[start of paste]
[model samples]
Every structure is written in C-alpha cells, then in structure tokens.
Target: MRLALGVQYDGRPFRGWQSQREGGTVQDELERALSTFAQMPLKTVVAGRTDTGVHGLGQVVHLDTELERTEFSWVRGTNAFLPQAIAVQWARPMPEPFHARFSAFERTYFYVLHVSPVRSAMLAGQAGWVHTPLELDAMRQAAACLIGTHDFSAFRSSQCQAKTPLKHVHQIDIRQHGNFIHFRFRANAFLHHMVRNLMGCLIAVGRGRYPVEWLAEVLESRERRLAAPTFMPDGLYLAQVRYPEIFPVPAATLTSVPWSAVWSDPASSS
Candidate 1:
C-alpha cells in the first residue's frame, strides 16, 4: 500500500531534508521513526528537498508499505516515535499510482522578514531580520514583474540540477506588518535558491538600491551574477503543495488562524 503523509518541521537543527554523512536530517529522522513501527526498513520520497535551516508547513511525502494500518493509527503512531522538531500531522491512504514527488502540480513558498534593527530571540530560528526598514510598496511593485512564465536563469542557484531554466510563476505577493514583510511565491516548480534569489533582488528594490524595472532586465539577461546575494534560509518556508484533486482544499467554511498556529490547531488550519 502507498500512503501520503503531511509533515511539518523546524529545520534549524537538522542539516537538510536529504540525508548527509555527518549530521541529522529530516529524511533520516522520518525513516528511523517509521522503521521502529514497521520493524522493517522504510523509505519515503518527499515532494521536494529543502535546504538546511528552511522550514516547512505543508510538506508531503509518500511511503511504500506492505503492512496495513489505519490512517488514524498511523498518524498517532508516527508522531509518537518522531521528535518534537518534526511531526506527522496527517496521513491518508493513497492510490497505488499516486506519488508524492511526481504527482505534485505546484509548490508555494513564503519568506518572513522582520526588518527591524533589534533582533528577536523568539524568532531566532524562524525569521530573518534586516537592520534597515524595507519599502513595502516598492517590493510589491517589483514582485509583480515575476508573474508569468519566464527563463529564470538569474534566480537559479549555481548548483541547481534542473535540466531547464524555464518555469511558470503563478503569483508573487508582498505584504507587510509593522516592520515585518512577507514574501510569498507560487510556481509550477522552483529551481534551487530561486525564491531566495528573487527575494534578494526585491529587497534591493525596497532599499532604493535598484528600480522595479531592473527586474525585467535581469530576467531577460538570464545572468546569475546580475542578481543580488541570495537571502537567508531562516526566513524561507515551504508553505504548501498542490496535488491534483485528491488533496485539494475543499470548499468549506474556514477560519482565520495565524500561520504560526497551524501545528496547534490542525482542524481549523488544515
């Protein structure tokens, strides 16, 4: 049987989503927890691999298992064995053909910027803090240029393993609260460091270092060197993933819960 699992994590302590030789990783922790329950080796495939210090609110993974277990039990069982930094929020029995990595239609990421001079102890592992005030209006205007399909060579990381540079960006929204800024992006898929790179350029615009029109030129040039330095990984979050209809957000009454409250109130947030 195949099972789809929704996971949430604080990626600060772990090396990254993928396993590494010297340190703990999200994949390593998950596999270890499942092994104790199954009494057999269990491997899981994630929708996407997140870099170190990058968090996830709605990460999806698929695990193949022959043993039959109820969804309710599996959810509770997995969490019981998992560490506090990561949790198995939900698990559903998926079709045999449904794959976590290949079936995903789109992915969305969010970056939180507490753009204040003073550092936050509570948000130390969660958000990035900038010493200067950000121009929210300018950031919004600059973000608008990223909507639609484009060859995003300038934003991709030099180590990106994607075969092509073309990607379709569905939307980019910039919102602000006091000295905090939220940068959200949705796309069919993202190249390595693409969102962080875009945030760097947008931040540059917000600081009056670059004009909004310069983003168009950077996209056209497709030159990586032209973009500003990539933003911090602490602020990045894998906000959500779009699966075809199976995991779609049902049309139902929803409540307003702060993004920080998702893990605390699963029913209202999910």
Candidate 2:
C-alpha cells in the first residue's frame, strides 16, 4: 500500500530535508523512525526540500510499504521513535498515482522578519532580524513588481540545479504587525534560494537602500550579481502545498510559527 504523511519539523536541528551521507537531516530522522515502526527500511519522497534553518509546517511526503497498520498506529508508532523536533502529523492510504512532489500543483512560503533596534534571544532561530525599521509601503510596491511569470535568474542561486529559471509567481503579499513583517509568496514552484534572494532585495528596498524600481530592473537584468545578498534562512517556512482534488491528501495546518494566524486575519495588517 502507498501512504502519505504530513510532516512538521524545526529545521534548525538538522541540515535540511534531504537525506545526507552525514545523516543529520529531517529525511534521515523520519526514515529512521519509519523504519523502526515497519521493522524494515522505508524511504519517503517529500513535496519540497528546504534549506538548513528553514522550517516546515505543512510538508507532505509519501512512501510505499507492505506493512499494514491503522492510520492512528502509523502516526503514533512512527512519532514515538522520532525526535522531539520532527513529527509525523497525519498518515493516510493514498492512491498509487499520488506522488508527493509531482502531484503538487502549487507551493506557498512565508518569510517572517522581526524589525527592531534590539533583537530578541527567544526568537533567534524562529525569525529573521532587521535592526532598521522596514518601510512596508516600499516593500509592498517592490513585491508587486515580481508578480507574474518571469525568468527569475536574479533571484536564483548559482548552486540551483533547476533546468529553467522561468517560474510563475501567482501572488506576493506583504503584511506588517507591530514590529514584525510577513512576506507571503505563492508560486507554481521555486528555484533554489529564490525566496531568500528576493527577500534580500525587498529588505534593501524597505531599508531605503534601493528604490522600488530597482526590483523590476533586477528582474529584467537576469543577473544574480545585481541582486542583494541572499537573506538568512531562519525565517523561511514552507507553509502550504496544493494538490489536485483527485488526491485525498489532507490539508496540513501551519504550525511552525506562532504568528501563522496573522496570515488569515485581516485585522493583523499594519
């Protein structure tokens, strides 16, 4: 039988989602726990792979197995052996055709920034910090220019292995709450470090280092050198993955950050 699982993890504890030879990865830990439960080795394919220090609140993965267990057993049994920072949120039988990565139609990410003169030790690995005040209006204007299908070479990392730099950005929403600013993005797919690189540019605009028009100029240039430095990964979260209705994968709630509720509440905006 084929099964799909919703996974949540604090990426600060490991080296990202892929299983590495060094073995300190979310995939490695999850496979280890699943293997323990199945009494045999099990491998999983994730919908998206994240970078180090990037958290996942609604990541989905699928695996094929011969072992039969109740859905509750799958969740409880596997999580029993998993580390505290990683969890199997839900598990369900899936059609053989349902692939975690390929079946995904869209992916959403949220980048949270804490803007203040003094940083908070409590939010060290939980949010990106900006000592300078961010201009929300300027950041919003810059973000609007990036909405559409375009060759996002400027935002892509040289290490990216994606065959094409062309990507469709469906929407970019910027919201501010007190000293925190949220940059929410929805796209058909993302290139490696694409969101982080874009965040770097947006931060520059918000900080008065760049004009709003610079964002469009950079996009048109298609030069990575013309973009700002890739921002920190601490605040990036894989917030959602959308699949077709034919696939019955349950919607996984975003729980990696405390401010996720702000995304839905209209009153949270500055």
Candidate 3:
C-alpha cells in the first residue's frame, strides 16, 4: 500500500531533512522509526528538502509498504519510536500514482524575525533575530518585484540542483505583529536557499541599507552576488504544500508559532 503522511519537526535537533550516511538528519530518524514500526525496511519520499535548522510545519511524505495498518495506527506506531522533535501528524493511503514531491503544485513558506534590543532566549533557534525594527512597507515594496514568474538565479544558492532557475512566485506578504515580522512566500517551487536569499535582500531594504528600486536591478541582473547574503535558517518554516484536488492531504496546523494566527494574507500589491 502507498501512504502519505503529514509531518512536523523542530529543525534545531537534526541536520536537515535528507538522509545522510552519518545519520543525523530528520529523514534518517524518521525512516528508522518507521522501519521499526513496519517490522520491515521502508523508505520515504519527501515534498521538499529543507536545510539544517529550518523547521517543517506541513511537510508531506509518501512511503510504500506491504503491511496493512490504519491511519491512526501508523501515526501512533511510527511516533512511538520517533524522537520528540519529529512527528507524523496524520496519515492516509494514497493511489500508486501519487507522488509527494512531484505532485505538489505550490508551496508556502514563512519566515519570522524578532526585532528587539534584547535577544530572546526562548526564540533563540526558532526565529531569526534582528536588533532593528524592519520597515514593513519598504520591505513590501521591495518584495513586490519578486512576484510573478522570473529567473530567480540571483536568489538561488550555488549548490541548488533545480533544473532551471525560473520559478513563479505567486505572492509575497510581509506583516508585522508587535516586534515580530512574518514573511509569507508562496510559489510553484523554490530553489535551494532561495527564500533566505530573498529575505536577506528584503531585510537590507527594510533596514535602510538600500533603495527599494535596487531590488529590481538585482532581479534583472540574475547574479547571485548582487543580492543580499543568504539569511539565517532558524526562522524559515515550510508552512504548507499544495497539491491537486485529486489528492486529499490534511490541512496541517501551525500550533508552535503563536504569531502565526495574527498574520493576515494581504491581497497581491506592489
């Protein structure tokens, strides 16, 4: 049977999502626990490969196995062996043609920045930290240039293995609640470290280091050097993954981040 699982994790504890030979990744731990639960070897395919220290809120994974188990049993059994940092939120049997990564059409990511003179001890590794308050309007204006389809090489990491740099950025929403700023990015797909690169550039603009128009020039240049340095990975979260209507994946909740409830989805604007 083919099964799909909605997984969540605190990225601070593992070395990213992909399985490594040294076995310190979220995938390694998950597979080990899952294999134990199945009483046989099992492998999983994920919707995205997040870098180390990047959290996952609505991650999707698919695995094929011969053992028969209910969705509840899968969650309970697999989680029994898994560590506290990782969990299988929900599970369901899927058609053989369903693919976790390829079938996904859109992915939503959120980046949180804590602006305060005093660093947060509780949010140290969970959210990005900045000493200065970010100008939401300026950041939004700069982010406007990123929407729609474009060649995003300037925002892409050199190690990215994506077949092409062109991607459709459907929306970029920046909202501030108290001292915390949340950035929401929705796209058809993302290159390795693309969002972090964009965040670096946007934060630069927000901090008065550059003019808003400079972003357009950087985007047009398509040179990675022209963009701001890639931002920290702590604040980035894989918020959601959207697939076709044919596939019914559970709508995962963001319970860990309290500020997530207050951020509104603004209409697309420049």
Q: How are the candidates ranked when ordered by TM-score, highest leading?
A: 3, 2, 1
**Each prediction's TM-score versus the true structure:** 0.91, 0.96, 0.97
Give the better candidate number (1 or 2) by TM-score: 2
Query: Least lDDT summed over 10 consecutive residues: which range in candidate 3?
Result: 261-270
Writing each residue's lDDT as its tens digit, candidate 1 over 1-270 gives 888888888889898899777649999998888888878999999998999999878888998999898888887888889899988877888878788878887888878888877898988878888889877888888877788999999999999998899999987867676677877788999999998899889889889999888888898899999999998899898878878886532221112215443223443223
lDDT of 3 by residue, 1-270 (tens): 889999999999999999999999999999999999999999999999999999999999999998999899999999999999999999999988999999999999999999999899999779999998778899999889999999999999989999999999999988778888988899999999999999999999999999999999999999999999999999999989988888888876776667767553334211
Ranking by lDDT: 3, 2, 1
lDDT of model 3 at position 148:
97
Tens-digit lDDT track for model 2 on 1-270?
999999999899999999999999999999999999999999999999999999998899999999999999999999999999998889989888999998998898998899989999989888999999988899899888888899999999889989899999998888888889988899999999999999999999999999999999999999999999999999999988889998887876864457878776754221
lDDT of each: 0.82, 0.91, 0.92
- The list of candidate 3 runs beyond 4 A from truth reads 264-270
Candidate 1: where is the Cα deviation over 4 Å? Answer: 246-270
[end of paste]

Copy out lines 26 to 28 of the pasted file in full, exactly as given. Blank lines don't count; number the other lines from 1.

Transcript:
lDDT of each: 0.82, 0.91, 0.92
- The list of candidate 3 runs beyond 4 A from truth reads 264-270
Candidate 1: where is the Cα deviation over 4 Å? Answer: 246-270